Chickens w buldge on Right side of chest - Photos Included -

Discussion in 'Emergencies / Diseases / Injuries and Cures' started by TheChips, Nov 7, 2013.

  1. TheChips

    TheChips Chillin' With My Peeps

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    Sep 28, 2013
    Ive been reading about this issue to educate myself on my current situation and for future occurrences. I read chickens get this bulge on the right side called a "Crop," thats where the food digests.

    I inspect them -fully- every night before I settle them in for bed. Since I have never seen them have this, I feel a little concerned.

    All 3 of my Isa Browns have them. They are around 10 weeks old.

    I brought the oldest one inside to take some photos so I can get some suggestions on what to do. Here are my questions:

    1. Is this normal? - I read it usually goes away by morning (the food digests during the night)
    2. If this doesnt go away by morning, what should I do?
    3. Do I give them each olive oil and if so how much? Do I massage it after?

    Thank you in advance for taking the time to read this. - Monica

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    Last edited: Nov 7, 2013
  2. AmpersatChick

    AmpersatChick Chillin' With My Peeps

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    We are pretty new to chickens but we had a young roo who experienced impacted crop. The way it went down with him was that he started acting sick and then we felt his crop and realized it was super mooshy and impacted. I've seen our chickens since then have a visible lump and then it goes away without a problem. It is recommended that if they are eating something other than chicken food, free ranging etc that they have access at all times to grit. As far as taking care of the problem we force fed him a dropper of water, then massaged his crop while hanging him upside down (you can find youtube vids of people demonstrating this, ick) and force fed him Nutri-drench. We also had him away from other chicks just in case it was contagious. Hope this helps, like I said, I'm a newbie but that's my limited experience with it!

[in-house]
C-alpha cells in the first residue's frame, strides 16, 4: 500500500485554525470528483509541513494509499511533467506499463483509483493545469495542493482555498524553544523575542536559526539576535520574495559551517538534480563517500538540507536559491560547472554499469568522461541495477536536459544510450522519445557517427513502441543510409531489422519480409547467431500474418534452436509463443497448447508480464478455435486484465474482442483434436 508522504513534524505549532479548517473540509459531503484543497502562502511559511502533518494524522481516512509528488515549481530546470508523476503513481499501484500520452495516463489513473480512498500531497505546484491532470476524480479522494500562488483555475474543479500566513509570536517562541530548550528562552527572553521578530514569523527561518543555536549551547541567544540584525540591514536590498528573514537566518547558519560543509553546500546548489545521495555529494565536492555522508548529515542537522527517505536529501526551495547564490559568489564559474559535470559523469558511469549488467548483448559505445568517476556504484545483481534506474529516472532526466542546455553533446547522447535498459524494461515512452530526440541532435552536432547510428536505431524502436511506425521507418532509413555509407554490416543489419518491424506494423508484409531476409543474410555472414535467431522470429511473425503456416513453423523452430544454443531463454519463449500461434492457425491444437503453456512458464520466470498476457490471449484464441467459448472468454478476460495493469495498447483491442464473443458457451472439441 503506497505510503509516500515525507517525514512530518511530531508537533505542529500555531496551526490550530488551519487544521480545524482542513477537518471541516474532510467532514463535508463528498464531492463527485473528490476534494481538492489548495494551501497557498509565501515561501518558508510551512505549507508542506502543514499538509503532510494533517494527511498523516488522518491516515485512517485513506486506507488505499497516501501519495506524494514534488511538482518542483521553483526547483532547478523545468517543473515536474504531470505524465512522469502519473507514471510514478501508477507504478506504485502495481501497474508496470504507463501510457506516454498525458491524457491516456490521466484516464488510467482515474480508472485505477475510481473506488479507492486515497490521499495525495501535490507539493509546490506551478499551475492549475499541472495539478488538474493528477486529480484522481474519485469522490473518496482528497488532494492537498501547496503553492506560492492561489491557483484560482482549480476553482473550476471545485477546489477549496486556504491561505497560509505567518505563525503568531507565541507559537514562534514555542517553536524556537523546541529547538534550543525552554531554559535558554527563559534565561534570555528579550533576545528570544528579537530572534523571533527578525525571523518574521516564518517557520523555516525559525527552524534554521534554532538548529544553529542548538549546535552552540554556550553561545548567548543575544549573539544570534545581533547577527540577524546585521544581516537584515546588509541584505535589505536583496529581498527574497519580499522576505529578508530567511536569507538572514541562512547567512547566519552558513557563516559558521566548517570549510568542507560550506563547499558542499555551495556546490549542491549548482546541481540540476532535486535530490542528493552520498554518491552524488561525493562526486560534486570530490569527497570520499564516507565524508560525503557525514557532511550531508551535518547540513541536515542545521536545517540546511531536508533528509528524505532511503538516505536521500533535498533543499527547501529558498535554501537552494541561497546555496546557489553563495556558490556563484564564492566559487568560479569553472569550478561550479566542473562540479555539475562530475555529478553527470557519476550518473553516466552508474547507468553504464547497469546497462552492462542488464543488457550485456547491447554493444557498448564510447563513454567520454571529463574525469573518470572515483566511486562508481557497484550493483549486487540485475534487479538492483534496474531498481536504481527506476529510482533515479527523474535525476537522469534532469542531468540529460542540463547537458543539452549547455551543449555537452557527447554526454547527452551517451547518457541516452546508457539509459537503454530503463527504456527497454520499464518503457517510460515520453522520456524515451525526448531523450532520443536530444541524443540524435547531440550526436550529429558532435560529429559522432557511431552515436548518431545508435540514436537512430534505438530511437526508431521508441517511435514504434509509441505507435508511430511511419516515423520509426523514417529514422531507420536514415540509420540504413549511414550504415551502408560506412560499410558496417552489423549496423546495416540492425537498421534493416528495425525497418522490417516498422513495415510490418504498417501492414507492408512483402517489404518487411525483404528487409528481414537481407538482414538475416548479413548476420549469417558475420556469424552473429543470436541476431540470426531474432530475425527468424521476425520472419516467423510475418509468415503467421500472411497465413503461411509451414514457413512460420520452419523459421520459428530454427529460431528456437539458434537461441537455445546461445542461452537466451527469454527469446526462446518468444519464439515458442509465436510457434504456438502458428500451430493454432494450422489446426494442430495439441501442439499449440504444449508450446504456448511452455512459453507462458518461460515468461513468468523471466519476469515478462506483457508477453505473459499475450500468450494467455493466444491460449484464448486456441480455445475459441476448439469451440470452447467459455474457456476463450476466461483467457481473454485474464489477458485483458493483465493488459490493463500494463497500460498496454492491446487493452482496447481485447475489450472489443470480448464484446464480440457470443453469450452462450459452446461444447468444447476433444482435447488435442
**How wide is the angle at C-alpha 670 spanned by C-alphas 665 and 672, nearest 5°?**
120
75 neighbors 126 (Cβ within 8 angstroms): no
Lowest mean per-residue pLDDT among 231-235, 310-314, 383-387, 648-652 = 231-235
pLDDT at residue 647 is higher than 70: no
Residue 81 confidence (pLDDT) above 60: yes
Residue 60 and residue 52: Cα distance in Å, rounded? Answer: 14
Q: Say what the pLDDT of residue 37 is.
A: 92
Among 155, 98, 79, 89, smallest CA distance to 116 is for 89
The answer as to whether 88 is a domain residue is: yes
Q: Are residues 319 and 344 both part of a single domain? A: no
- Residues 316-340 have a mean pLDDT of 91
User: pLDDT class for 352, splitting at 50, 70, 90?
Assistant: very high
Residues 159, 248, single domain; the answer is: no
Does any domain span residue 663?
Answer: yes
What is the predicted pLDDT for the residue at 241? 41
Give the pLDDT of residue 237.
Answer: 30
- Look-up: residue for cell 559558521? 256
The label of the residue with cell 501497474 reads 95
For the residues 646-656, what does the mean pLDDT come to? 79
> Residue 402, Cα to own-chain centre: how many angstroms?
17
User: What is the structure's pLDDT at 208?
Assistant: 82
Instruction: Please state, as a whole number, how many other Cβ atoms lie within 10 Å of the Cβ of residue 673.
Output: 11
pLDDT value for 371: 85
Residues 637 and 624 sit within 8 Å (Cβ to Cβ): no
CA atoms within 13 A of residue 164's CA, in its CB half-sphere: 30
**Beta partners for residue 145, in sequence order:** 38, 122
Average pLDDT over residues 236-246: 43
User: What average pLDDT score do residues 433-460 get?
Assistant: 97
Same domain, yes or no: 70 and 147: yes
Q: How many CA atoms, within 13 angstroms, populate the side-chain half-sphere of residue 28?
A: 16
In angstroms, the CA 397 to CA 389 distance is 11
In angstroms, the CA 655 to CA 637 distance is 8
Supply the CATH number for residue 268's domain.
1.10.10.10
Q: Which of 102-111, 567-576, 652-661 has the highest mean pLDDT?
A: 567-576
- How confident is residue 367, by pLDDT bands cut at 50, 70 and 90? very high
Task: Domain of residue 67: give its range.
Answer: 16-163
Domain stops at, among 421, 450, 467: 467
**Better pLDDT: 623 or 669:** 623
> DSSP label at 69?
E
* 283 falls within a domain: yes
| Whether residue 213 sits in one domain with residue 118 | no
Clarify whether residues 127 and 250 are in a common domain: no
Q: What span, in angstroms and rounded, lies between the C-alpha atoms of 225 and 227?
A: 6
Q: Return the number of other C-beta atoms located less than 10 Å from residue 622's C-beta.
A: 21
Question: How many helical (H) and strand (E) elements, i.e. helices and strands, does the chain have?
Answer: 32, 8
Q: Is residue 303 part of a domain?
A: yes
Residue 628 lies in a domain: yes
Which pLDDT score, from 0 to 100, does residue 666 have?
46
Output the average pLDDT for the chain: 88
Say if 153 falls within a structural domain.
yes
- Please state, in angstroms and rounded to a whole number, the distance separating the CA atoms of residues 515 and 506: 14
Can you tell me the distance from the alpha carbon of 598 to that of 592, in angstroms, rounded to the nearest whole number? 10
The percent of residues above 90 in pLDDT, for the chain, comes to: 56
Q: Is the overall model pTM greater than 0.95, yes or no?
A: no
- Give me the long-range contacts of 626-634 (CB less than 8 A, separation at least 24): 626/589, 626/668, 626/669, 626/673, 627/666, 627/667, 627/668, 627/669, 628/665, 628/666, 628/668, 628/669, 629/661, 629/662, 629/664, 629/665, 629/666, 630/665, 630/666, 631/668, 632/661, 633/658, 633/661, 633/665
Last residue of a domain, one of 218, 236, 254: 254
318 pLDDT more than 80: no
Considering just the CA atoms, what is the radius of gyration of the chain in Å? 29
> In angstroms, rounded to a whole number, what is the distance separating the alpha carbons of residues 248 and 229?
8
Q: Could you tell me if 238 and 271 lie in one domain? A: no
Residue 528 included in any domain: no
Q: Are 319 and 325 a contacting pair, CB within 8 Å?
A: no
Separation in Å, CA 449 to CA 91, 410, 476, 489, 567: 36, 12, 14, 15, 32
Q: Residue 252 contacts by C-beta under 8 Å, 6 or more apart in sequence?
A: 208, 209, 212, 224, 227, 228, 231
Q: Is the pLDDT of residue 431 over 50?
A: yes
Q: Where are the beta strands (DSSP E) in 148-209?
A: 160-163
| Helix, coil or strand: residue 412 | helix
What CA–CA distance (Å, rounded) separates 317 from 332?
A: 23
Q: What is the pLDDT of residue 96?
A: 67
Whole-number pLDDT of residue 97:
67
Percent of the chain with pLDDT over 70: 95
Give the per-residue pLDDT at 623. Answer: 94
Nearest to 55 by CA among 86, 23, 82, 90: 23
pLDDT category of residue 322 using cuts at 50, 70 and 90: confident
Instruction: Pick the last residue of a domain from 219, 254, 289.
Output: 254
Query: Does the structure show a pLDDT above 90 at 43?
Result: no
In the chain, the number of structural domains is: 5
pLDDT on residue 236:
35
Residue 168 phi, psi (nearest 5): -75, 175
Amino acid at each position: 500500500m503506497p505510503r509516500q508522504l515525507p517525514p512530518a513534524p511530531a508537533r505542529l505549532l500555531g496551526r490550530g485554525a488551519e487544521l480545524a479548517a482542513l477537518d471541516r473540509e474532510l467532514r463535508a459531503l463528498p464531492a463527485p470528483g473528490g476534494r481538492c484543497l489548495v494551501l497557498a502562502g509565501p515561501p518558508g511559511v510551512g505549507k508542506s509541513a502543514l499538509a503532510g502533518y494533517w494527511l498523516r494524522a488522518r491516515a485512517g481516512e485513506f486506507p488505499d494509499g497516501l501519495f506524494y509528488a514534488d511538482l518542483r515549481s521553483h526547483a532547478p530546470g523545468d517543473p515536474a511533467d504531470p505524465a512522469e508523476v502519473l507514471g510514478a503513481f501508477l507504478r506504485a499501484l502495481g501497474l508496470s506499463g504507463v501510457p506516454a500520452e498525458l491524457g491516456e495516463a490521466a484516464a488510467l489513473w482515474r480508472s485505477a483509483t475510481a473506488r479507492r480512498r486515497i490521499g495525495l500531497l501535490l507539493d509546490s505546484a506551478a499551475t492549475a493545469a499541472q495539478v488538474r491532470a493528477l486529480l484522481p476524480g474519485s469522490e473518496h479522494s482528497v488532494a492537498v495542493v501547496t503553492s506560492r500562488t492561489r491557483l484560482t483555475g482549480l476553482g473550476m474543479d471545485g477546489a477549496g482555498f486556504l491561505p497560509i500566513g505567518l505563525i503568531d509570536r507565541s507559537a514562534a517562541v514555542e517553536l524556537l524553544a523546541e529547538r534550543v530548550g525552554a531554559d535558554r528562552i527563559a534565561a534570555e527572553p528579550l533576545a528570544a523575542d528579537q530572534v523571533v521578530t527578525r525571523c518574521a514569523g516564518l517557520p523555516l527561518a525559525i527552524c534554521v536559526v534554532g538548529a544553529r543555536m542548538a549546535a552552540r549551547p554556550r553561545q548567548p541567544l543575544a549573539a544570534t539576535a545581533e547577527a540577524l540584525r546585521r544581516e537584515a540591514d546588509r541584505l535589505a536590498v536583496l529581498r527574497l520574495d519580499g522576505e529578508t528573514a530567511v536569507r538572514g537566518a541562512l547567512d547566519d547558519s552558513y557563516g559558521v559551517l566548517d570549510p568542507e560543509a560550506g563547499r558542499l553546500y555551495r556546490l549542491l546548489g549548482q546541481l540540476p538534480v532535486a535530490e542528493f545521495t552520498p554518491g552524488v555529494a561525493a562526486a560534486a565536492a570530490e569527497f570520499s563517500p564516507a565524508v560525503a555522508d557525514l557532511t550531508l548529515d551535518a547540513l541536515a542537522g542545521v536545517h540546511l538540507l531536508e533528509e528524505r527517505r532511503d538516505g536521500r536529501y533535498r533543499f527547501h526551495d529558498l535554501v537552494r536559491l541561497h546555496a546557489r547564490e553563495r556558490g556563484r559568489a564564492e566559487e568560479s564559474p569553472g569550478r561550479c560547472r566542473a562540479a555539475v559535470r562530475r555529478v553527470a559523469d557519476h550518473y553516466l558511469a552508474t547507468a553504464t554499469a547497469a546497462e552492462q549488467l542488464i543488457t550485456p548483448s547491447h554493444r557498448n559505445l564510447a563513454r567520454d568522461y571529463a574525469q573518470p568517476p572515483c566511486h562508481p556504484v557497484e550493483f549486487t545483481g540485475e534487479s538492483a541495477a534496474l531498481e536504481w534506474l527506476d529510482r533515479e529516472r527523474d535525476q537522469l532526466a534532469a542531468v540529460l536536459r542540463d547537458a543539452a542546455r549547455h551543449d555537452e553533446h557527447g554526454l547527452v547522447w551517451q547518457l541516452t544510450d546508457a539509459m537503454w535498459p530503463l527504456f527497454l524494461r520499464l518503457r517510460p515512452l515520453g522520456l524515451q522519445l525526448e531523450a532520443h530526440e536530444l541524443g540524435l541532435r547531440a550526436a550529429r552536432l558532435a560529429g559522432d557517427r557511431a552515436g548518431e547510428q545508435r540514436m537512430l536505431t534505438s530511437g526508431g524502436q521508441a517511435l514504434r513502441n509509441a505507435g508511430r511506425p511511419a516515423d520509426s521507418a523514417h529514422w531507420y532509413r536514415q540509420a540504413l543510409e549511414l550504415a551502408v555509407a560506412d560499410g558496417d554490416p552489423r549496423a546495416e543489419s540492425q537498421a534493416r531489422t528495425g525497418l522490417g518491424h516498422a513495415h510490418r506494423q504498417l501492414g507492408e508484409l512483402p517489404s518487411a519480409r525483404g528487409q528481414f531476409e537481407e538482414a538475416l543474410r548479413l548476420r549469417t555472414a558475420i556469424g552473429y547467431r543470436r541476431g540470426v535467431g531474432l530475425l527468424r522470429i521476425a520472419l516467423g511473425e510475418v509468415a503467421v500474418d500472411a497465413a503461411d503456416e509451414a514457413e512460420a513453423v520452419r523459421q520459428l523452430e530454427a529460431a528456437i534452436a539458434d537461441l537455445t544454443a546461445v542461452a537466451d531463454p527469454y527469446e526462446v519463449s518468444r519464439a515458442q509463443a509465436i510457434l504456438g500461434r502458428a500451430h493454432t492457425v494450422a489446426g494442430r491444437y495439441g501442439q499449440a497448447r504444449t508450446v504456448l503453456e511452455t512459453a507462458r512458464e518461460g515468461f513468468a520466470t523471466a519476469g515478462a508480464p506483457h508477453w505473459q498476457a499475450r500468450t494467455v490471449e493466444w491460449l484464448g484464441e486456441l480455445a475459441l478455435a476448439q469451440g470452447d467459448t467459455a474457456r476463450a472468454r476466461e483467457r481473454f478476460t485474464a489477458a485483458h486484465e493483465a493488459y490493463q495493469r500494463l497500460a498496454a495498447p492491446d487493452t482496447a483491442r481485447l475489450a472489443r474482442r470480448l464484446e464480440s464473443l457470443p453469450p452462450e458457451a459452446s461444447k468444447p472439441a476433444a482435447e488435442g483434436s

3. TheChips

    TheChips Chillin' With My Peeps

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    Thank you for your response. All 3 of them have it. We have 5 (6 week) Cochin chickens in a separate coop but living in the same large shed. Theyre next door neighbors. I checked the Cochin chicks, they were fine.

    i did notice my oldest Isa (Shown in the photos) has a runny nose. Can an impacted crop cause that?

    Also, is it bad that they have access to their food all day long? They have their normal feed plus the scratch which is mixed in together in the same jar.
     
  4. AmpersatChick

    AmpersatChick Chillin' With My Peeps

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    Mine have access to their feed all day too and water. We put it up at night just because it sits outside and we don't want to attract wild animals. We also put grit out for them all the time. I don't know about the runny nose. I've never noticed runny noses on ours, even the roo that had the impacted crop. But you should probably look into that.
     
  5. TheChips

    TheChips Chillin' With My Peeps

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    Hopefully the bulge will be gone tomorrow. If I have to give them a little bit of olive oil, i am at least confident they will let me to a certain extent. Ive been handling them since they were a day old. So theyre used to me doing things to them if need be
     
  6. Nambroth

    Nambroth Fud Lady

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    This looks like a normal, full crop to me. As they age, many chickens will eat 'till they are quite full. I have personally noticed that production breeds such as sex links and Isa Browns will eat quite a lot indeed! Anyhow, the crop should empty slowly over time. By morning, it should be reduced. The key is to check them before they even hop down off of the roost in the morning. They will begin to feed immediately and so if you check them after they fly down in the morning the crop might already have a bunch of food in it once again!

    A few of my hens are real gluttons and will eat until their crops are even bigger than what you have photographed here. If the feed is good and they have access to enough room to mill around and be chickens, then it is arguably not harmful to free-feed them all day.

    The crop is the first part of a bird's digestive system. Food is swallowed to the crop, where it is mixed with water and then slowly moved on into the body. The actual grinding occurs inside the gizzard.
     

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